Phenotypic analyses of CD4 T cells and MDSCs in PBMCs from XAGE1 (GAGED2a) antibody-positive patients

Th1, Th2, Th17, and TFH CD4 T cells, resting and activated CD4 Tregs (25), and M- and PMN-MDSCs in PBMCs from XAGE1 (GAGED2a) antibody-positive patients were analyzed by flow cytometry (Supplementary Fig. S2). As shown in Fig. 2A, all Th1, Th2, Th17, and TFH CD4 T-cell levels were elevated in XAGE1 (GAGED2a) antibody-positive patients compared with those in antibody-negative patients. A decrease in activated, but not resting, Treg levels was also observed (Fig. 2B). Furthermore, a decrease in the M-MDSC level and an increase in the PMN-MDSC level were observed (Fig. 2C). Th1, Th2, and Th17/total Treg and Th1, Th2, and Th17/total MDSC levels were increased (Fig. 2D and E). An increase in TFH/total MDSC, but not the TFH/Treg level, was observed (Fig. 2D and E).

Analysis of CD4 and CD8 T cells expressing T-cell activation and inhibitory molecules in PBMCs from XAGE1 (GAGED2a) antibody-positive patients

CD4 and CD8 T cells expressing T-cell activation molecules ICOS, OX40, 4-1BB, and GITR, and T-cell inhibitory molecules 2B4, BTLA, PD-1, and Tim-3 in PBMCs from XAGE1 (GAGED2a) antibody-positive patients were investigated. As shown in Fig. 3 and Supplementary Fig. S3, an increase in ICOS and PD-1–positive cell levels and a decrease in BTLA-positive cell levels were observed in CD4 T cells from antibody-positive patients compared with those in CD4 T cells from antibody-negative patients. On the other hand, a decrease in GITR-positive cell levels was observed in CD8 T cells from antibody-positive patients.

Overall survival of XAGE1 (GAGED2a) antibody-positive and -negative patients

The OS of XAGE1 (GAGED2a) antibody-positive and -negative patients was analyzed for 145 patients with advanced lung adenocarcinoma. Patient characteristics are shown in Supplementary Table S1A, as described above.

OS was first analyzed for the patients with XAGE1 (GAGED2a) antigen-positive and -negative tumors. As shown in Fig. 4A, no significant difference was found in OS between them (P = 0.22, HR, 0.78). However, prolongation of OS was observed in XAGE1 (GAGED2a) antibody-positive patients compared with antibody-negative patients (P = 0.006, HR, 0.53; Fig. 4B). The median OS times in the antibody-positive and -negative patients were 33.3 months and 15.1 months, respectively. Antibody-negative patients were then stratified by the XAGE1 (GAGED2a) antigen expression in the tumor. As shown in Fig. 4C, the antibody-negative patients with antigen-positive tumors showed shortened survival. The median OS in the patients with antigen-positive tumors was 33.3 months when antibody-positive, but only 13.7 months when antibody-negative (P < 0.0001, HR, 0.34). Furthermore, prolongation of OS was dependent on the IgG titer (Supplementary Fig. S4).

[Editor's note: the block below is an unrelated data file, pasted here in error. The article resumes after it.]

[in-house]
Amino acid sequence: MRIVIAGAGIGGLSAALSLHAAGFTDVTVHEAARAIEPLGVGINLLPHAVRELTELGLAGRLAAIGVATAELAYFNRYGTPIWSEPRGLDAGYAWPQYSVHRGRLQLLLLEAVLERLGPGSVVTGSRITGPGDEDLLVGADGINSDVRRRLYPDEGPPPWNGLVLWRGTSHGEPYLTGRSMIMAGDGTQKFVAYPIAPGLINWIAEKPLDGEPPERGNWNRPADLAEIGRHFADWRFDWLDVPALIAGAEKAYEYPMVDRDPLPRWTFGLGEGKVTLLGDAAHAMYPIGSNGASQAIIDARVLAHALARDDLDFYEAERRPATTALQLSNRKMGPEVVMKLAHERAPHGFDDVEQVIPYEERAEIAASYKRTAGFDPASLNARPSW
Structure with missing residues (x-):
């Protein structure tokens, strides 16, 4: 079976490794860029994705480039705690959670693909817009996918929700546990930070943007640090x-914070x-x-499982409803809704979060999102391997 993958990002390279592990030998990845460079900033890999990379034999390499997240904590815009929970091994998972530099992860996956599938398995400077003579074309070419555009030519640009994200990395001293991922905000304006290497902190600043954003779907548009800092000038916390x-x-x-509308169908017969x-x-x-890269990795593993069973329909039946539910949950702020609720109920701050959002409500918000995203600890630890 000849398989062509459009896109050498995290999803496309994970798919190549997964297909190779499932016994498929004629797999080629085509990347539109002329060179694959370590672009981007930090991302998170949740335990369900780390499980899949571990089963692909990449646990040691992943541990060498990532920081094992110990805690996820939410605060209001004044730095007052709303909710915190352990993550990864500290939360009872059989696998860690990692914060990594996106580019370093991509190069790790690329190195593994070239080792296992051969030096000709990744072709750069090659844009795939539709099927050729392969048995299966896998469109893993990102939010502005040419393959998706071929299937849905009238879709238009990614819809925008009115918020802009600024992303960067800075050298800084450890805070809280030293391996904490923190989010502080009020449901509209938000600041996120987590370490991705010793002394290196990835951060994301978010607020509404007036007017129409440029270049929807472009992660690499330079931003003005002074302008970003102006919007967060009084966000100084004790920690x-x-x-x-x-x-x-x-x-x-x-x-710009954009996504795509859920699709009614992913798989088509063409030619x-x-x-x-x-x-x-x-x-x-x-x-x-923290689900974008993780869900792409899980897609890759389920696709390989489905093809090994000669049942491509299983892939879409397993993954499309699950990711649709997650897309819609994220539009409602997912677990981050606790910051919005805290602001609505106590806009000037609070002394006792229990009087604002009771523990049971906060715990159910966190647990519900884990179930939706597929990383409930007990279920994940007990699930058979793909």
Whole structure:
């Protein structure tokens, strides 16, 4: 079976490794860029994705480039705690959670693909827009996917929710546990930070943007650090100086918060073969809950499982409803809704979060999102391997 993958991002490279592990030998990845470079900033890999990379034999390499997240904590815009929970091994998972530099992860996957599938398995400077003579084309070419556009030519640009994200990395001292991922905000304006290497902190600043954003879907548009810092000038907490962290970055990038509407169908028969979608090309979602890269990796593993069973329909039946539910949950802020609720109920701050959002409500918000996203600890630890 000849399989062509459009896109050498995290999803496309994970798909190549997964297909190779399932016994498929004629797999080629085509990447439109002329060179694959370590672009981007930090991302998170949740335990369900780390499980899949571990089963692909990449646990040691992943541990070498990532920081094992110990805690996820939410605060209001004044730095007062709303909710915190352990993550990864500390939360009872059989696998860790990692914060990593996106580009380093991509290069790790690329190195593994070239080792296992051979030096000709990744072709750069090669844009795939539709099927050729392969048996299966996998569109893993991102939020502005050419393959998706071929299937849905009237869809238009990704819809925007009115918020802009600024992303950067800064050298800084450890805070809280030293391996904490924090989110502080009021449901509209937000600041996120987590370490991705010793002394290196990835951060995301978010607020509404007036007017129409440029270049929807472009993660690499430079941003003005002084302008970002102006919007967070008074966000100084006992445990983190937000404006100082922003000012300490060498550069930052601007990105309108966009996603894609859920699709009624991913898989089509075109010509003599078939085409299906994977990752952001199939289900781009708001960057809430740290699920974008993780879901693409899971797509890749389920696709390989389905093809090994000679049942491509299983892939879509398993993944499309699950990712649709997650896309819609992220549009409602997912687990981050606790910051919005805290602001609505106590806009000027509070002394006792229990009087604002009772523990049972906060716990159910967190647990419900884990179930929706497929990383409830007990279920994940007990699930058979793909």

The patients were further stratified by the absence or presence of the EGFR mutation in the tumor. The patients with EGFRmt tumors treated with EGFR-TKI and conventional platinum-based doublet chemotherapy showed prolonged OS compared with the patients with EGFRwt tumors treated with conventional chemotherapy alone (P = 0.017; Fig. 5A and C and Supplementary Fig. S5A). OS was prolonged by the presence of antibodies in patients with XAGE1 (GAGED2a) antigen-positive EGFRwt or EGFRmt tumors (Fig. 5B and D). The median OS in the patients with XAGE1 (GAGED2a) antigen-positive EGFRwt tumors was 31.5 months when antibody-positive, but only 15.6 months when antibody-negative (P = 0.05, HR, 0.46; Fig. 5B). On the other hand, in the patients with XAGE1 (GAGED2a) antigen-positive EGFRmt tumors, the median OS was 34.7 months when antibody-positive, but only 11.1 months when antibody-negative (P = 0.001, HR, 0.28; Fig. 5D). No significant difference was found in OS in the antibody-positive patients with EGFRwt and EGFRmt tumors, or the patients with antigen-negative EGFRmt tumors (P = 0.36; Fig. 5B and D and Supplementary Fig. S5B).

OS of patients with different EGFR mutation tumors

EGFR mutation types were defined in 44 tumors (Supplementary Table S1B). Mutations in exon 18 (G719A/C/S), exon 19 (E746-A750 deletion: type 1, E746-A750 deletion: type 2 and L747-P753 deletion and S insertion), and exon 21 (L858R and L861Q) were detected. As shown in Supplementary Fig. S6, no significant difference in OS was observed in patients with different EGFR mutation tumors (P = 0.44).

Univariate and multivariate analyses

We performed univariate and multivariate analyses on OS in 145 patients with advanced lung adenocarcinoma. Univariate analysis showed that the presence of the XAGE1 (GAGED2a) antibody, EGFR mutation, good Eastern Cooperative Oncology Group performance status, or never or light smoking habit were significant predictors for prolonged OS (Supplementary Table S2A). On the other hand, multivariate analysis showed that the presence of the XAGE1 (GAGED2a) antibody was a strong predictor for prolonged OS in patients with XAGE1 (GAGED2a) antigen-positive tumors (P < 0.0001, HR, 0.18) and in patients with either EGFRwt (P = 0.04, HR, 0.50) or EGFRmt tumors (P = 0.002, HR, 0.17; Supplementary Table S2B). XAGE1 (GAGED2a) antigen expression was a worse predictor in patients with EGFRmt tumors (P = 0.004, HR, 5.23).